According to her, despite several strides taken by the government and stakeholders to increase the number of hospitals and health centres, maternal and neonatal mortality rate was still high.
She made the remarks in Dar es Salaam during a media orientation session ahead of the 2022 International Day of the Midwife on May 5, that was celebrated in Dodoma at its climax on May 7.
The event themed “Invest in Midwives:  Save lives” was organized collaboratively by the United Nations Population Fund (UNFPA), TAMA and Jakaya Mrisho Kikwete Foundation.
“More concerted efforts were highly needed to address the challenges by making sure that hospitals, health centres and dispensaries are well equipped for the country to attain its development endeavours,” she said.
She explained that midwives are the backbone of maternal health systems so there should be a conducive environment for them to operate in which include enough and quality equipment, regular training and capacity building so as to support safe delivery.
Mwanga said in efforts to support safe delivery, TAMA will continue educating midwives in rural areas on the importance of encouraging pregnant mothers to attend clinics and go to deliver in hospitals.
UNFPA officer-in-charge, Dr David Wilfred Ochan said the International Day of the Midwives is an opportunity to look at the data and come up with better strategies on how to invest in the midwifery force in Tanzania so that they can realize their significant contribution towards accelerating progress toward national and global development aspirations.
He noted that most maternal deaths are considered preventable, particularly in the presence of high-quality care from skilled, motivated, regulated and supported health professionals during pregnancy, and during and after childbirth.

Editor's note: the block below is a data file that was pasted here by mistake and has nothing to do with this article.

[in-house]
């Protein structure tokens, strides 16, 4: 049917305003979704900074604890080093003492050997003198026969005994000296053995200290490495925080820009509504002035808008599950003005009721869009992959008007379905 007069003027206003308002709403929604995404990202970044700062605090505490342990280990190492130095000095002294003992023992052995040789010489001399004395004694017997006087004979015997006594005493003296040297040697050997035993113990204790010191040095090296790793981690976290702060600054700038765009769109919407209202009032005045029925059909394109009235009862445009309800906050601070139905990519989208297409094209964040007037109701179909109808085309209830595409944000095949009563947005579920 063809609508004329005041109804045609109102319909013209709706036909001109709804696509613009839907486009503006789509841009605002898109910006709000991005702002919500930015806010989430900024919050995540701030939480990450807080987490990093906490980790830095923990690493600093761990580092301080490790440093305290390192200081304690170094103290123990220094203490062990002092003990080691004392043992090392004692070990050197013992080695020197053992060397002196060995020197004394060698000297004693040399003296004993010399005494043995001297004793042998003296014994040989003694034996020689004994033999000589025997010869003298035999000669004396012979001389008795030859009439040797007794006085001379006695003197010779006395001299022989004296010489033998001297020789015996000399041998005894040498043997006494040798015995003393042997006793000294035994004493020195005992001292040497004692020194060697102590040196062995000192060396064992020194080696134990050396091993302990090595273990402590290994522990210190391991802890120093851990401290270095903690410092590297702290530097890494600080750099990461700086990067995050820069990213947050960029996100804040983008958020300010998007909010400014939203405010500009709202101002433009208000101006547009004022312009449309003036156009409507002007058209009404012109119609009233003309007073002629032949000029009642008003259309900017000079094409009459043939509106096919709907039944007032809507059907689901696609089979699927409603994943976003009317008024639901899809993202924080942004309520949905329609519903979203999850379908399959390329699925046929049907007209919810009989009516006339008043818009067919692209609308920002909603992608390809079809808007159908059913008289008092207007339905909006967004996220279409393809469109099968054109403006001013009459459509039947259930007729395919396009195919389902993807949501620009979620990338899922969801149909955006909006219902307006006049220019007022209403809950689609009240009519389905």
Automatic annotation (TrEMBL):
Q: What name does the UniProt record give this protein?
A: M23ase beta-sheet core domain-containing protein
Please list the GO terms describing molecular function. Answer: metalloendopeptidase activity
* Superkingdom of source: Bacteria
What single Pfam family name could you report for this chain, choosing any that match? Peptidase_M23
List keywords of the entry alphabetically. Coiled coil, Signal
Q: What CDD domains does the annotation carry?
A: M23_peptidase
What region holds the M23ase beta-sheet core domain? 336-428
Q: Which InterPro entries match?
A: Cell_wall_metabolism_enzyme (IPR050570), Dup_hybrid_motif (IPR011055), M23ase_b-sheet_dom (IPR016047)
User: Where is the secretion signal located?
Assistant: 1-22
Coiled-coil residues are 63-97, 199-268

“We all understand that economic growth is highly dependent on the health of its citizens; therefore, the community needs to recognize the contribution of midwives and appreciate the work done by midwives and those with midwifery skills in saving the lives of mothers and children in the country, in contributing to adolescent health, reducing HIV infection and managing gender-based violence cases,” he noted.  
He said UNFPA Tanzania has continued to work the Ministry of Health and TAMA to achieve the various goals that include renovation of health facilities including birthing wards and operating rooms in some regions (Kigoma, Dodoma, Simiyu, Zanzibar) so that they can provide emergency surgical services (EmONC).
“Purchase of various equipment and machinery to enable safe delivery care and to provide maternal and child care easily in renovated health facilities as well as capacity building of midwives to provide emergency maternal and child care across the regions of Mara, Mwanza, Geita, Shinyanga, Dar-es-salaam and Dodoma has been underway,” he said.
Furaha Mafuru, UNFPA programme officer noted that reports show that there is a global shortage of 1.1 million sexual, reproductive, maternal, new-born and adolescent health care providers where 900,000 are midwives.
Mafuru wanted midwives to be treated as equals and respected partners at all levels which includes encouraging and enabling a work environment where midwife-led continuity of care can flourish.
“We should also engage midwives in policy and planning decisions at all levels of the health system and improve institutional capacity to help midwives be leaders and advocates for high-quality respectful maternity care,” she added.
The government has prioritized the reduction of maternal and new-born deaths and stillbirths in line with global efforts as advocated by the global Sustainable Development Goals (SDG 3)